The Gulf conflict is considered with regard to Warden’s five ring model and the concept of the self-contained air campaign. The criticisms of Warden’s theory of parallel warfare will be analysed as will its relevance to a smaller air force such as the RAAF.
The 1990 Gulf War was a little more, from an air power perspective, than Warden’s largely discredited theories. It saw the first real demonstration of the US’ global air power reach with B-52 missions launched from CONUS; it demonstrated the right between USAF and USN where the only common ATO format was printed paper; it validated the role of CAS aircraft like the A-10A, to the immense disgust of the fast jet fraternity; it proved the value of SEAD as a key enabler and tactical alternative to low-level strike e.g. the RAF Tornado airfield attacks on Day One; it saw the advent of stealth and practical information technologies; and it saw the birth of the myth of surgical warfare….
1. Warden & the self contained air campaign – is it now possible for air power alone to force a favourable conclusion to any conflict?
Only as an exception to proven rules. The number of times where air power alone had a strategically decisive effect on the outcome of a conflict could be counted on the fingers of one hand:
The Doolittle Raid which provoked strategic stupidity (Midway) on the part of the Japanese.
The Battle of Coral Sea which ended the Japanese advance south.
The two USAAF atomic bomb missions against Japan.
The Berlin Airlift was the first major Cold War confrontation and proved Western resolve to stand up to Uncle Joe.
The Linebacker II campaign which lead directly to the settlement under which US forces withdrew from South Vietnam.
2. Warden sees wars as essentially discourses between policy makers on each side. Is the implication that all actors are rational and will achieve rational results, a valid one?
There is not much evidence to support any proposal that any aspect of human behaviour is governed by rationality. Discourse between policy makers is diplomacy, not war.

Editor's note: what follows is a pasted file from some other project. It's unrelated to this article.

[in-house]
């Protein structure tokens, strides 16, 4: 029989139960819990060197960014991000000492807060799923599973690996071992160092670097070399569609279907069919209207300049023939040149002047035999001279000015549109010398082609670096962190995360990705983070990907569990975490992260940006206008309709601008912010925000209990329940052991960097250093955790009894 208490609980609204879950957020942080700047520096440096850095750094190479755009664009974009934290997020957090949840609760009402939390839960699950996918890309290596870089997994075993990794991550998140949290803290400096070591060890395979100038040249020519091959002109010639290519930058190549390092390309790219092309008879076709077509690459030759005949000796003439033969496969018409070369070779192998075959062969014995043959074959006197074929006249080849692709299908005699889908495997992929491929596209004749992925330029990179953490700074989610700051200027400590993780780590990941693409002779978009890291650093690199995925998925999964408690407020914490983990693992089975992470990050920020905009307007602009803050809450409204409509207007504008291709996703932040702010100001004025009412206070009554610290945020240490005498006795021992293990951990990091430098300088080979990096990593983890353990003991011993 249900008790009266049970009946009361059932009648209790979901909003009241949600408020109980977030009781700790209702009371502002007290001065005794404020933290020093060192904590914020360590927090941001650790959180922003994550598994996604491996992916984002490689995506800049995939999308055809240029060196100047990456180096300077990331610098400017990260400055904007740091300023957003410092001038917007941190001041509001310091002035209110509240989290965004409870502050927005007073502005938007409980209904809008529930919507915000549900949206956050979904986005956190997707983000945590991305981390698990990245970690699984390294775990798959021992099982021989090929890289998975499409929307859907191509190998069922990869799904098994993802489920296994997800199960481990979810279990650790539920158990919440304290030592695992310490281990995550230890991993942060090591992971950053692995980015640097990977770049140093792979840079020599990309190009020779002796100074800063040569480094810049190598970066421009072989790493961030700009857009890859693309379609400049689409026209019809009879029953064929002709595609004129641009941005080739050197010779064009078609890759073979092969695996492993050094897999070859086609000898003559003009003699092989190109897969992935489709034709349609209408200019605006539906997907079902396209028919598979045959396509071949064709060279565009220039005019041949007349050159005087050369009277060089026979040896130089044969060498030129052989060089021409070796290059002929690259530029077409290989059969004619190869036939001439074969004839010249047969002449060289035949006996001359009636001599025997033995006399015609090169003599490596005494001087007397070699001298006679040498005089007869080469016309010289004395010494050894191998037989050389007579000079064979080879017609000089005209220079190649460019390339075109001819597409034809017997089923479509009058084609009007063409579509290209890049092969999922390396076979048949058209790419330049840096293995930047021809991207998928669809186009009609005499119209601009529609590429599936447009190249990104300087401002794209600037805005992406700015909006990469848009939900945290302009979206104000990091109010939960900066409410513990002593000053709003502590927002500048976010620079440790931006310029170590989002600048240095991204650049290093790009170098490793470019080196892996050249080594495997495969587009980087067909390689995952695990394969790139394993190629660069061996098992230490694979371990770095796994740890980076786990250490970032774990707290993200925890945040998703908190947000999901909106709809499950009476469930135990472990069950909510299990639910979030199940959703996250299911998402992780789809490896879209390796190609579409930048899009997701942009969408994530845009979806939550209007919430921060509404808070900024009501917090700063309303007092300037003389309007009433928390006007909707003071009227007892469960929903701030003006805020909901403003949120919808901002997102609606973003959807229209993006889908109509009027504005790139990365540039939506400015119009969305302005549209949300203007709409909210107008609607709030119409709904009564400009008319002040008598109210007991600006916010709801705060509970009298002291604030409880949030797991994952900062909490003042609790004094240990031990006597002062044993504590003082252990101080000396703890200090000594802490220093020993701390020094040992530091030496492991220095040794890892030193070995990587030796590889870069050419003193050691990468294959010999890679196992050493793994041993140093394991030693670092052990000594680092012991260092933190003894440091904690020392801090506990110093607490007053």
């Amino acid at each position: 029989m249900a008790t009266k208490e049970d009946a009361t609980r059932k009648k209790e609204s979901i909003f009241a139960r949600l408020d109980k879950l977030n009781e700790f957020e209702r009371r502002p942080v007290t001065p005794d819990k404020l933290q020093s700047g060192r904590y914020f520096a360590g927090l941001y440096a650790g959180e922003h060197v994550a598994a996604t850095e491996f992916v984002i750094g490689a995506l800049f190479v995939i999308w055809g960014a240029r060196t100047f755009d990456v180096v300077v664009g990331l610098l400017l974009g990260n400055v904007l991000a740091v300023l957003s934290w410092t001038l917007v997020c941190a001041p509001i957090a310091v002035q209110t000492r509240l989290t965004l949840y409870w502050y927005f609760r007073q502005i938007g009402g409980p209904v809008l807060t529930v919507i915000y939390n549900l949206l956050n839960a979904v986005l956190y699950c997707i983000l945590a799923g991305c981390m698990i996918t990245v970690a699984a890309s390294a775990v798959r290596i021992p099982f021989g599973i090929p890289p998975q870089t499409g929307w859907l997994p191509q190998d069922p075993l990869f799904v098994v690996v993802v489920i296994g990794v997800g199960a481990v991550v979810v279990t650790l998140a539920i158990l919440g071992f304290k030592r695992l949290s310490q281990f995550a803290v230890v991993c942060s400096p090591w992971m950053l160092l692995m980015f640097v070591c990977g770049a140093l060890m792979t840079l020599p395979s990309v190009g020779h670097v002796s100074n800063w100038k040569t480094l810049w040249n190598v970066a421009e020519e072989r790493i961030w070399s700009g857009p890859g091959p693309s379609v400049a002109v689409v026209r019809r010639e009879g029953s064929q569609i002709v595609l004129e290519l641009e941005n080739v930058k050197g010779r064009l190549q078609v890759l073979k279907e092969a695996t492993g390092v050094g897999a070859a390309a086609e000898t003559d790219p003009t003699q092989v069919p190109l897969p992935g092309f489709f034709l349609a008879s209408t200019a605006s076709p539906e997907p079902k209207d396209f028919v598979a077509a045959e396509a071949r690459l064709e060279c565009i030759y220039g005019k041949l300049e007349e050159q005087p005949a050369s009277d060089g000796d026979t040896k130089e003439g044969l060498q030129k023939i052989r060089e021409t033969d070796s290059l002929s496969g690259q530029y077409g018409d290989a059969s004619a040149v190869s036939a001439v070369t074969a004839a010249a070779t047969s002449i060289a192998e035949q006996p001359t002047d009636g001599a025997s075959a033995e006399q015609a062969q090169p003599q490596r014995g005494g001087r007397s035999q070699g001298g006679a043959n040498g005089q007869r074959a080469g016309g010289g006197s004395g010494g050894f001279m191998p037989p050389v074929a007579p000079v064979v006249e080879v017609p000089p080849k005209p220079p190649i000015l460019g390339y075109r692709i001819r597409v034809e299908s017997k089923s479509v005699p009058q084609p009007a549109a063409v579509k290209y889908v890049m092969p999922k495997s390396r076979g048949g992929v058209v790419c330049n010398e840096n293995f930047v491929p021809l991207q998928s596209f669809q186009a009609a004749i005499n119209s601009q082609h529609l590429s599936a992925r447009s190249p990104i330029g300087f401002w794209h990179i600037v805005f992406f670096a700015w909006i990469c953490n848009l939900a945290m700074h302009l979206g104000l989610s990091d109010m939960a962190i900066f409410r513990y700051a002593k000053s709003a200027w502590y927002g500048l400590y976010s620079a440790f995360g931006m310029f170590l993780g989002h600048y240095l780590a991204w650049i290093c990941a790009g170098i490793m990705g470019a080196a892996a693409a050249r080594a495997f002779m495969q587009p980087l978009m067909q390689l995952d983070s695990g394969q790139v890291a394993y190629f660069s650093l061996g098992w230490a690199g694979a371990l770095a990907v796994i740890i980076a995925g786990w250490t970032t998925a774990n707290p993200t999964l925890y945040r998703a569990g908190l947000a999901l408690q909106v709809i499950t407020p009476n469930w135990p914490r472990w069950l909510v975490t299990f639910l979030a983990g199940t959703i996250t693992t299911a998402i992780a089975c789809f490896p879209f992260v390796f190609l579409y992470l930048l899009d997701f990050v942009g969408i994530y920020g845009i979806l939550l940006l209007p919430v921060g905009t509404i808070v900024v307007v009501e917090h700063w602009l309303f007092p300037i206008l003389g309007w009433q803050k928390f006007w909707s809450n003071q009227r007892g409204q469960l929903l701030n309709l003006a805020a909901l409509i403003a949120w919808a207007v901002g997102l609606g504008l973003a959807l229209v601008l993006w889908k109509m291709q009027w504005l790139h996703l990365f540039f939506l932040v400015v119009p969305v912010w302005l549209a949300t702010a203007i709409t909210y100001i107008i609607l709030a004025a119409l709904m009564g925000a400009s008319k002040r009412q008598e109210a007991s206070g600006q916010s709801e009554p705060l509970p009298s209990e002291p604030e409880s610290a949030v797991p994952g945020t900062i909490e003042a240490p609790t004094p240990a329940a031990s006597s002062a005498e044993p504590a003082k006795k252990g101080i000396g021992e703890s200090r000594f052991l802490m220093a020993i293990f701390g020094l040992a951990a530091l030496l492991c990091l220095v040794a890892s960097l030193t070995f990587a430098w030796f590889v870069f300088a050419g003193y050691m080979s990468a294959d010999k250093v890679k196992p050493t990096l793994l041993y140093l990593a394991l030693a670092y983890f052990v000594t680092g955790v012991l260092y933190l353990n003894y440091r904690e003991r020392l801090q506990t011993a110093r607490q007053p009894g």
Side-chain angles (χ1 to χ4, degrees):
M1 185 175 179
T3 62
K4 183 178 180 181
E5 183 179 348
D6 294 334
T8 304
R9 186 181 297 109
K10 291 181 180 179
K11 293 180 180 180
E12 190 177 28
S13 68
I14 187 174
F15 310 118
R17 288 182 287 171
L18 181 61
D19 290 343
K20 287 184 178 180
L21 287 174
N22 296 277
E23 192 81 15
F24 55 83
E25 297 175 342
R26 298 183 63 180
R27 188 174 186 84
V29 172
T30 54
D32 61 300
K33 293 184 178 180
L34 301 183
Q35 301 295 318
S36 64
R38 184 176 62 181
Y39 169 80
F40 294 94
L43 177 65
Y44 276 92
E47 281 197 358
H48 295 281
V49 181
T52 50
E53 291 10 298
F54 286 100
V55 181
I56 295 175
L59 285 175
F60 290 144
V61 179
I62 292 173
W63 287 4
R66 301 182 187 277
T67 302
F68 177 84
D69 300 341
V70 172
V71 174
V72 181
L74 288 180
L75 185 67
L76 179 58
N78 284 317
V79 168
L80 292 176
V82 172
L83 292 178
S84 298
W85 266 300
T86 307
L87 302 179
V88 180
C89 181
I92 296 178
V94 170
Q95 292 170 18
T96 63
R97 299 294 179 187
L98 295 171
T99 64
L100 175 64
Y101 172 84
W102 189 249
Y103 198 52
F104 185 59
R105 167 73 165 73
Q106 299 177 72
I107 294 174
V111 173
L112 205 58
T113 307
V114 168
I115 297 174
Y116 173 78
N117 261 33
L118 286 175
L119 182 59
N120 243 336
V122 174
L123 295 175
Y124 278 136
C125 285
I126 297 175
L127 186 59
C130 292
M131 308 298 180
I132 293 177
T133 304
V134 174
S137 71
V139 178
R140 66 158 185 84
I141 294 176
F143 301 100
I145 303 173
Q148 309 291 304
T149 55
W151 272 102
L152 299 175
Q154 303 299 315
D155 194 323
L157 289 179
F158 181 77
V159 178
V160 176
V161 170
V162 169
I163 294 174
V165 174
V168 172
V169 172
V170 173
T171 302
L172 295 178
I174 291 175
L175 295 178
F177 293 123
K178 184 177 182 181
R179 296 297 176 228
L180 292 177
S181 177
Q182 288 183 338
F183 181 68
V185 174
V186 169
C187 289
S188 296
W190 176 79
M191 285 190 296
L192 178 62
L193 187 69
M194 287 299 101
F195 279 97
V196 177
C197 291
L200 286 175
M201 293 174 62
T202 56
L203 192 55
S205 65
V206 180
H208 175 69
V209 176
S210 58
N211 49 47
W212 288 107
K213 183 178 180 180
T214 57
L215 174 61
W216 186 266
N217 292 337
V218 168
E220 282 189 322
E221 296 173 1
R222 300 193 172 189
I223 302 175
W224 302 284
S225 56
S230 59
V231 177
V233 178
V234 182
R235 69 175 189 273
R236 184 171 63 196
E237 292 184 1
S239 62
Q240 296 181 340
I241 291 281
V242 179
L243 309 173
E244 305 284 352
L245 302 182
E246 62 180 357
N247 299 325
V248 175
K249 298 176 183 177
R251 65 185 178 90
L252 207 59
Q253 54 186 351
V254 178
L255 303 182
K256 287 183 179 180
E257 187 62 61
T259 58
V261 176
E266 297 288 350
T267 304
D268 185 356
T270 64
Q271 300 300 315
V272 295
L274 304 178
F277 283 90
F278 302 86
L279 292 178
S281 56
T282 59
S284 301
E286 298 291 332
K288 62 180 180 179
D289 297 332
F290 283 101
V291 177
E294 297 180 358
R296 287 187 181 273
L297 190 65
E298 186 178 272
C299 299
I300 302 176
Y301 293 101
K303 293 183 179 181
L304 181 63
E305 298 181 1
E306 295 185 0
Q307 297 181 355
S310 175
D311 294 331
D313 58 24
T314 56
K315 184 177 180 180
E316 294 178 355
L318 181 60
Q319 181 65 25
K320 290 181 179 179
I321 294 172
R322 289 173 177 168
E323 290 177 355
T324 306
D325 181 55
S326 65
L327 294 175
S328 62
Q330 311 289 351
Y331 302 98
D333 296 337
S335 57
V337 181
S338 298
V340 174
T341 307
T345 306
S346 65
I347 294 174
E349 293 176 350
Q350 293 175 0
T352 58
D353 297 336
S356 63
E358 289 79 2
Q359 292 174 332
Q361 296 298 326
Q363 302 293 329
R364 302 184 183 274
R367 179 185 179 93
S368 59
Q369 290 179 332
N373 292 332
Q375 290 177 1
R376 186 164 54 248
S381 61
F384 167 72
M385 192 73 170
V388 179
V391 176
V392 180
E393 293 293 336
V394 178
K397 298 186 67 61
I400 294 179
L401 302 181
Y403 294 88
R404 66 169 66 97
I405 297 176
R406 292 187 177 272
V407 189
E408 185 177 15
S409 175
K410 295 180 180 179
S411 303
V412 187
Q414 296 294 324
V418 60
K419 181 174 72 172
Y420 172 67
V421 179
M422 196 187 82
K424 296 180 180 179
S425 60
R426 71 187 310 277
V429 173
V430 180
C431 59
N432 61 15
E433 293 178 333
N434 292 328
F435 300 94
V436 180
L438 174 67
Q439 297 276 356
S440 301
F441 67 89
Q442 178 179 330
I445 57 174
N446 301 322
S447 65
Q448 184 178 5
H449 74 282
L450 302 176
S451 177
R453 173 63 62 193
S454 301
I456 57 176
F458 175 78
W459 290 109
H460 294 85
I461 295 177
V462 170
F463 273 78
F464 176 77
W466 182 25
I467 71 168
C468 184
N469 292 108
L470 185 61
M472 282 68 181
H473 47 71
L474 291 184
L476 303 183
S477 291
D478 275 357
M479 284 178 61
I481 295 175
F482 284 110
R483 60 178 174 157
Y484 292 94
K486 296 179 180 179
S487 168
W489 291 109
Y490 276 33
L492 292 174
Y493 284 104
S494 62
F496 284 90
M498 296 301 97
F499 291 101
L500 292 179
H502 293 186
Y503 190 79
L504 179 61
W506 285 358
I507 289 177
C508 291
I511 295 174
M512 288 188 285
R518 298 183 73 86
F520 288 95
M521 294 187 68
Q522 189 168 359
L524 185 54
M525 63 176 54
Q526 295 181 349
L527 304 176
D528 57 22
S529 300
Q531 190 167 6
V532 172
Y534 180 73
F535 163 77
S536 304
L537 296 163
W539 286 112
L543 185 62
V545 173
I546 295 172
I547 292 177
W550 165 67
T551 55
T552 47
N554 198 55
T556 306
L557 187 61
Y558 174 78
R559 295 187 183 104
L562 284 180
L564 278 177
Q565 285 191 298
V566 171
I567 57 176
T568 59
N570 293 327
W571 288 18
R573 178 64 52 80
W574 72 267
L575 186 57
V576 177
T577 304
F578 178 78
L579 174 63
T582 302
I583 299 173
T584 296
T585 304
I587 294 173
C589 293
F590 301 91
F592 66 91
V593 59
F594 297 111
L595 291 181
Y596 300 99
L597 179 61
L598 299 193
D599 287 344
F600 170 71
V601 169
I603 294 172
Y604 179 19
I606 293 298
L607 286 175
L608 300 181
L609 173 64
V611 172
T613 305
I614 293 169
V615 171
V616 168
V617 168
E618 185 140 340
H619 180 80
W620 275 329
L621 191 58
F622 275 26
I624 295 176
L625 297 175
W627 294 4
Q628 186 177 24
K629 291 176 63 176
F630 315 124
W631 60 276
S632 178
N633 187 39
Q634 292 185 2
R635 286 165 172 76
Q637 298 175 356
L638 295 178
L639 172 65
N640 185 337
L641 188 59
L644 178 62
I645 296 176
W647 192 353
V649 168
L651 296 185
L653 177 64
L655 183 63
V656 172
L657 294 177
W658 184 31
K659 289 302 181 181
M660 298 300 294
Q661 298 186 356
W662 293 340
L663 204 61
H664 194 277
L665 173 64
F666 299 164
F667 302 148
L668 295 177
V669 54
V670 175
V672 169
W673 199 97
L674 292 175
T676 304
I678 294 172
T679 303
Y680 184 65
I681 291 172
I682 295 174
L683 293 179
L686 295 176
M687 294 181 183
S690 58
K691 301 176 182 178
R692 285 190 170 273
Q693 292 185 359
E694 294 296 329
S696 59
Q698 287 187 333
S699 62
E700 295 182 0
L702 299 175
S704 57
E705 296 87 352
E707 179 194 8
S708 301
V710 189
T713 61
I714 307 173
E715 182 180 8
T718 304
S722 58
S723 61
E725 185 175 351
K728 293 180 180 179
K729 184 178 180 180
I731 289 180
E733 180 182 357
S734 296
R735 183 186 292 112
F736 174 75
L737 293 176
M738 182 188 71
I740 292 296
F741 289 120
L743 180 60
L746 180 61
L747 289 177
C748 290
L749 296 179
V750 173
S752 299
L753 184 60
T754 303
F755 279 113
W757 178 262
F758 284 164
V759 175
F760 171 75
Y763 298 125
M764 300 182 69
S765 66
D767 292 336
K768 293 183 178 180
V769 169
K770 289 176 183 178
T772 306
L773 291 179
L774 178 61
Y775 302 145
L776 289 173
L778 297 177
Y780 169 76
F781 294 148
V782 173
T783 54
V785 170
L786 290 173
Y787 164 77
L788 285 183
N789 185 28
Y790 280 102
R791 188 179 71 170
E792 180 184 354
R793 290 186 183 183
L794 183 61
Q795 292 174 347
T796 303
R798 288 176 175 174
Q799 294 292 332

3. The mind of the enemy and the will of his leaders are targets of far more importance than the bodies of his troops. Does Warden differ from Clausewitz with this assertion?
No. Warden’s ‘theory’ is nothing more than the popular interpretation of Clausewitz’s Trinity (government, people, military; or, for the COE, leadership, people and action arm) with icing on it but not adding much of anything new. Warden’s take on this has been described as “…if you hit enough things with a hammer, eventually there will be a reaction…” i.e. Warden’s application of force in Gulf War 1 was not a precise surgical application of force and there is yet to be any connection shown between the ‘Warden’ campaign and the eventual eviction of Iraqi forces from Kuwait. On the other hand, the systematic obliteration of those forces and those in southern Iraq was definitely a key factor in the Iraqi withdrawal.
Ultimately, an history bears this out time and again, it is the will of the leader(s) than is the ultimate target and determinator.
4. Did a special set of political circumstances allow the Gulf air war to be so seemingly successful?
Not really. Gulf War 1 was the first real information war when a large part of the conflict was ‘fought’ on the television screens of the world. A disproportionate amount of coverage depicted the socalled surgical strikes; considerably less was devoted to the proportionally more attritive air campaign conducted against Iraqi land forces in and around Kuwait.
If so, would it be wise to draw universal conclusions from it?
No but unfortunately, many did, adopting as doctrine (or maybe dogma?) that a clean surgical war was now possible. After the air power false triumphs in Bosnia and Kosovo, this culminated in the ‘shock and awe’ campaign that opened Operation IRAQI FREEDOM in March 2003. Eight years down the track, this misperception still exists although with reduced popularity and it is currently being disproved again in Libya. It may be that Ghaddafi reads and applies more air power doctrine than NATO…
5. Do Warden’s theories as employed in the Gulf War only have application in state-on-state conflict?
If ‘If you hit something often enough, it should break’ is the theory, then, no, it can be applied more broadly; whether it will be any more effective than it was in 1991 though is debatable. It would more doctrinally sound and have a greater chance of success to stick with targeting Clausewitz’s attributed trinity: leadership, people, action arm.